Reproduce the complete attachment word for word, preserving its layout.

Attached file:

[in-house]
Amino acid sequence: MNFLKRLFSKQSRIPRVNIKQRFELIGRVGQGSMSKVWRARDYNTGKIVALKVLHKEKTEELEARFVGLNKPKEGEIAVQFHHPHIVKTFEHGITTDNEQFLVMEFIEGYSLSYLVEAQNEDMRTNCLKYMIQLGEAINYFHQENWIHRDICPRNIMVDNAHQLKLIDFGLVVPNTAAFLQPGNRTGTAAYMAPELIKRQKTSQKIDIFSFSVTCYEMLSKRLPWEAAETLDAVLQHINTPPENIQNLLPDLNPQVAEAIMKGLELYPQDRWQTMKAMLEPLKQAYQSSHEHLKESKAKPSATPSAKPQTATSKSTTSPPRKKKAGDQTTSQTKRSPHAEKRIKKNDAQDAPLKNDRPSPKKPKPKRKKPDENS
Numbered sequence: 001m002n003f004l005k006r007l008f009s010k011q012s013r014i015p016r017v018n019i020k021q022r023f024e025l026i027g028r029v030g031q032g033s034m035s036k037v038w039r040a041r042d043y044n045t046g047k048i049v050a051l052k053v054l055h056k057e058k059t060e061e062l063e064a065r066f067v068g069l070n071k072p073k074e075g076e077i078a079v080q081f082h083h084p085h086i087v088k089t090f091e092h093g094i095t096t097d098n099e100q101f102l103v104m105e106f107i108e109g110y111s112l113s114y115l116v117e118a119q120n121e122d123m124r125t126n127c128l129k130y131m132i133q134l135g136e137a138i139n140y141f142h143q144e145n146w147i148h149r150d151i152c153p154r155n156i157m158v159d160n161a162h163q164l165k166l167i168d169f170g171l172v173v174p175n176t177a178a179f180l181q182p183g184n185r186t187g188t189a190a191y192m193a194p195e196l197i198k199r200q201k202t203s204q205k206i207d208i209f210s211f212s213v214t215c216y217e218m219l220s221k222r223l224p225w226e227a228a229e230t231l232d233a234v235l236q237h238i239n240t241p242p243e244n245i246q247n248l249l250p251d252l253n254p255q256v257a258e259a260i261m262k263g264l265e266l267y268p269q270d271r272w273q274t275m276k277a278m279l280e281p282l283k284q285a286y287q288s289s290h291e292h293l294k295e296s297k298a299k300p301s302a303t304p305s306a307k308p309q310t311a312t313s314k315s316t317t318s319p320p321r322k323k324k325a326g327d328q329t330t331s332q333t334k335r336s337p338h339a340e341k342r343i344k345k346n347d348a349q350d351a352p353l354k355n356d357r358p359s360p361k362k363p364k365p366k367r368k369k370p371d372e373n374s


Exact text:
[in-house]
Amino acid sequence: MNFLKRLFSKQSRIPRVNIKQRFELIGRVGQGSMSKVWRARDYNTGKIVALKVLHKEKTEELEARFVGLNKPKEGEIAVQFHHPHIVKTFEHGITTDNEQFLVMEFIEGYSLSYLVEAQNEDMRTNCLKYMIQLGEAINYFHQENWIHRDICPRNIMVDNAHQLKLIDFGLVVPNTAAFLQPGNRTGTAAYMAPELIKRQKTSQKIDIFSFSVTCYEMLSKRLPWEAAETLDAVLQHINTPPENIQNLLPDLNPQVAEAIMKGLELYPQDRWQTMKAMLEPLKQAYQSSHEHLKESKAKPSATPSAKPQTATSKSTTSPPRKKKAGDQTTSQTKRSPHAEKRIKKNDAQDAPLKNDRPSPKKPKPKRKKPDENS
Numbered sequence: 001m002n003f004l005k006r007l008f009s010k011q012s013r014i015p016r017v018n019i020k021q022r023f024e025l026i027g028r029v030g031q032g033s034m035s036k037v038w039r040a041r042d043y044n045t046g047k048i049v050a051l052k053v054l055h056k057e058k059t060e061e062l063e064a065r066f067v068g069l070n071k072p073k074e075g076e077i078a079v080q081f082h083h084p085h086i087v088k089t090f091e092h093g094i095t096t097d098n099e100q101f102l103v104m105e106f107i108e109g110y111s112l113s114y115l116v117e118a119q120n121e122d123m124r125t126n127c128l129k130y131m132i133q134l135g136e137a138i139n140y141f142h143q144e145n146w147i148h149r150d151i152c153p154r155n156i157m158v159d160n161a162h163q164l165k166l167i168d169f170g171l172v173v174p175n176t177a178a179f180l181q182p183g184n185r186t187g188t189a190a191y192m193a194p195e196l197i198k199r200q201k202t203s204q205k206i207d208i209f210s211f212s213v214t215c216y217e218m219l220s221k222r223l224p225w226e227a228a229e230t231l232d233a234v235l236q237h238i239n240t241p242p243e244n245i246q247n248l249l250p251d252l253n254p255q256v257a258e259a260i261m262k263g264l265e266l267y268p269q270d271r272w273q274t275m276k277a278m279l280e281p282l283k284q285a286y287q288s289s290h291e292h293l294k295e296s297k298a299k300p301s302a303t304p305s306a307k308p309q310t311a312t313s314k315s316t317t318s319p320p321r322k323k324k325a326g327d328q329t330t331s332q333t334k335r336s337p338h339a340e341k342r343i344k345k346n347d348a349q350d351a352p353l354k355n356d357r358p359s360p361k362k363p364k365p366k367r368k369k370p371d372e373n374s